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Rethinking the Shift-to-Bonds Strategy

Low rates and longevity alter rules for retirees
relates to Rethinking the Shift-to-Bonds Strategy
Photographer: Walter Sanders/Time Life Pictures/Getty Images

Investment adviser Brett Danko has a warning for a New Jersey couple in their early 50s who’ve sought his help about how to plan for retirement: Either allocate more savings to stocks than fixed income, or risk having to scrimp in old age.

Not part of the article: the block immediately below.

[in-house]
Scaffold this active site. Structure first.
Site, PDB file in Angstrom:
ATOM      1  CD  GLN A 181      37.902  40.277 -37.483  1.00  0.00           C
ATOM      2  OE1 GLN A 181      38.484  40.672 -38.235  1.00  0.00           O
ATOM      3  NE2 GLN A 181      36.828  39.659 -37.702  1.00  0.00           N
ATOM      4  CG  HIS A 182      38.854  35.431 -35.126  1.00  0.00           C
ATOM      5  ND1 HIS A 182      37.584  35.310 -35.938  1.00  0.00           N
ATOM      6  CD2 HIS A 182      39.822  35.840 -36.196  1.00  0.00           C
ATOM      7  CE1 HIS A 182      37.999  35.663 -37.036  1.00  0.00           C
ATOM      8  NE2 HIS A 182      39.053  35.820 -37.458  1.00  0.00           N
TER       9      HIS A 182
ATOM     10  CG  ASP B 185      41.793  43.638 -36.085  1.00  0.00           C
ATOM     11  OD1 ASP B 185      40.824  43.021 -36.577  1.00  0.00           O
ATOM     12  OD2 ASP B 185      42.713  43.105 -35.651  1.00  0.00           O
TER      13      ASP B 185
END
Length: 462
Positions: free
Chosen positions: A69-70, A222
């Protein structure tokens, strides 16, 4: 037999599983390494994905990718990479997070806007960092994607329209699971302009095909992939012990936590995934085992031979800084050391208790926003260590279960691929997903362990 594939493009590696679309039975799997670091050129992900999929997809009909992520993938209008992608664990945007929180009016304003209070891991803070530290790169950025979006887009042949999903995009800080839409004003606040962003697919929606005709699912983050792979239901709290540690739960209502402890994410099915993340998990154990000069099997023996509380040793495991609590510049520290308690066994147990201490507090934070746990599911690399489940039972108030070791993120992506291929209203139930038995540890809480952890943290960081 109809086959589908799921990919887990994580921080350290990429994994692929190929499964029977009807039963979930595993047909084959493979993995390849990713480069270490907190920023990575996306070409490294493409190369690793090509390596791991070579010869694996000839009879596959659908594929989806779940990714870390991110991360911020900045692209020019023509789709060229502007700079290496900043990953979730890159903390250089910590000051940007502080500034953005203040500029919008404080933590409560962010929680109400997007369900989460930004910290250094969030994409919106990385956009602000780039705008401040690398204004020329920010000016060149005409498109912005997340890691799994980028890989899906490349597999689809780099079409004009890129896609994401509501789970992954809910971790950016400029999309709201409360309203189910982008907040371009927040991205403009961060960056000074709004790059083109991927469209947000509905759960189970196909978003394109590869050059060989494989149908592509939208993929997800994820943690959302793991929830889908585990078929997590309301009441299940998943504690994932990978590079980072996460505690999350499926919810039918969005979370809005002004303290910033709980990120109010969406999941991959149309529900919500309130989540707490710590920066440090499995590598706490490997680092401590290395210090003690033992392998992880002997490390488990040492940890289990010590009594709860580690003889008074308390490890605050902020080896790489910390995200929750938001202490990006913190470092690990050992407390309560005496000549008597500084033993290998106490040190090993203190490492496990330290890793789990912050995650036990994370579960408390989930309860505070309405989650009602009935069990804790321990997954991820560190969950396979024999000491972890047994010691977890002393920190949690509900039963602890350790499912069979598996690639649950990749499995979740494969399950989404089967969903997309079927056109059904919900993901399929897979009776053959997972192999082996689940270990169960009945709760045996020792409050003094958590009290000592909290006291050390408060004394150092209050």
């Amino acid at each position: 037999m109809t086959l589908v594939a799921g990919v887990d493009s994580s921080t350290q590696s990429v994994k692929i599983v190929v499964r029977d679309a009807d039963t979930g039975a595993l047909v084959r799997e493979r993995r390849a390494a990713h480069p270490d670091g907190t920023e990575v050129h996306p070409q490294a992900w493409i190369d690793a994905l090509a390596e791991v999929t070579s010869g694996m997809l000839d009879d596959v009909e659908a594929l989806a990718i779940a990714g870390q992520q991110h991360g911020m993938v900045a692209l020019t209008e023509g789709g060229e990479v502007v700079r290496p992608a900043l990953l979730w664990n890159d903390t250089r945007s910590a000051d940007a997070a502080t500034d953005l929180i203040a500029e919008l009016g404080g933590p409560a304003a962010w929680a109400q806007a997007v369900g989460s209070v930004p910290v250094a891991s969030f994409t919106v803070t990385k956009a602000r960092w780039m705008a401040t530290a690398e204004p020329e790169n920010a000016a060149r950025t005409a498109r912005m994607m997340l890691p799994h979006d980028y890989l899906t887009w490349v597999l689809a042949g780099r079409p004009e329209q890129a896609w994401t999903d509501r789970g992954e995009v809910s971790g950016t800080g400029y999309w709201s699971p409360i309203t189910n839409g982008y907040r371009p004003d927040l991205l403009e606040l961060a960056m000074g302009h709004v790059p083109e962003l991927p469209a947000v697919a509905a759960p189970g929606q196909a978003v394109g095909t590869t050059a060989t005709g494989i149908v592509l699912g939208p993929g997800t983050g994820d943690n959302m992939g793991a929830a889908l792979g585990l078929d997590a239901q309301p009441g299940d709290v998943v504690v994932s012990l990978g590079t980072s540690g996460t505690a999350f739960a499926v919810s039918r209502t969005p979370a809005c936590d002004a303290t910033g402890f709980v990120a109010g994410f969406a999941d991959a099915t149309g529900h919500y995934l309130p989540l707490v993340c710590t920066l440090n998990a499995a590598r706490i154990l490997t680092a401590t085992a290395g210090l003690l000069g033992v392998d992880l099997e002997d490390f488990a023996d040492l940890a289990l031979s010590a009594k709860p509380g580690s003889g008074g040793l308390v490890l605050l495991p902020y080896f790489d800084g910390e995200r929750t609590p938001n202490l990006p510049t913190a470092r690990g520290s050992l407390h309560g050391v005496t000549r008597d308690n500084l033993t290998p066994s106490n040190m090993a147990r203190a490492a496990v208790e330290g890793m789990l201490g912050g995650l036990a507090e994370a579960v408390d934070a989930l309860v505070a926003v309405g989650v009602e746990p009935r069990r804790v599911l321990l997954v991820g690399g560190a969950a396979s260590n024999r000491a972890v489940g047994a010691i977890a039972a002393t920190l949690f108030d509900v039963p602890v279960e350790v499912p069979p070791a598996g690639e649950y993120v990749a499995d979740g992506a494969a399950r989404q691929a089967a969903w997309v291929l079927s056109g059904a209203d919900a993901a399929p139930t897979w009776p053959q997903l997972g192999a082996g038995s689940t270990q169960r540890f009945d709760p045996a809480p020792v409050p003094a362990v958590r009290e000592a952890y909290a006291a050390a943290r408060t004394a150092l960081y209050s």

The couple, ages 51 and 53, have about 80 percent of their $1 million retirement savings stashed in government bonds yielding just 1 percent to 2 percent; the rest is in stocks. They’ll need to double their nest egg if they want to retire at 67 and have the $80,000 a year they’re hoping to draw from their investments, says Danko, an adviser at Main Street Financial Solutions in Pennington, N.J. “Their risk tolerance is very low, and I don’t want them staring at the ceiling at night and worrying,” he says. “But if they don’t change how they’re allocating savings, they’ll be worrying in their 80s, when they may start running out of money.”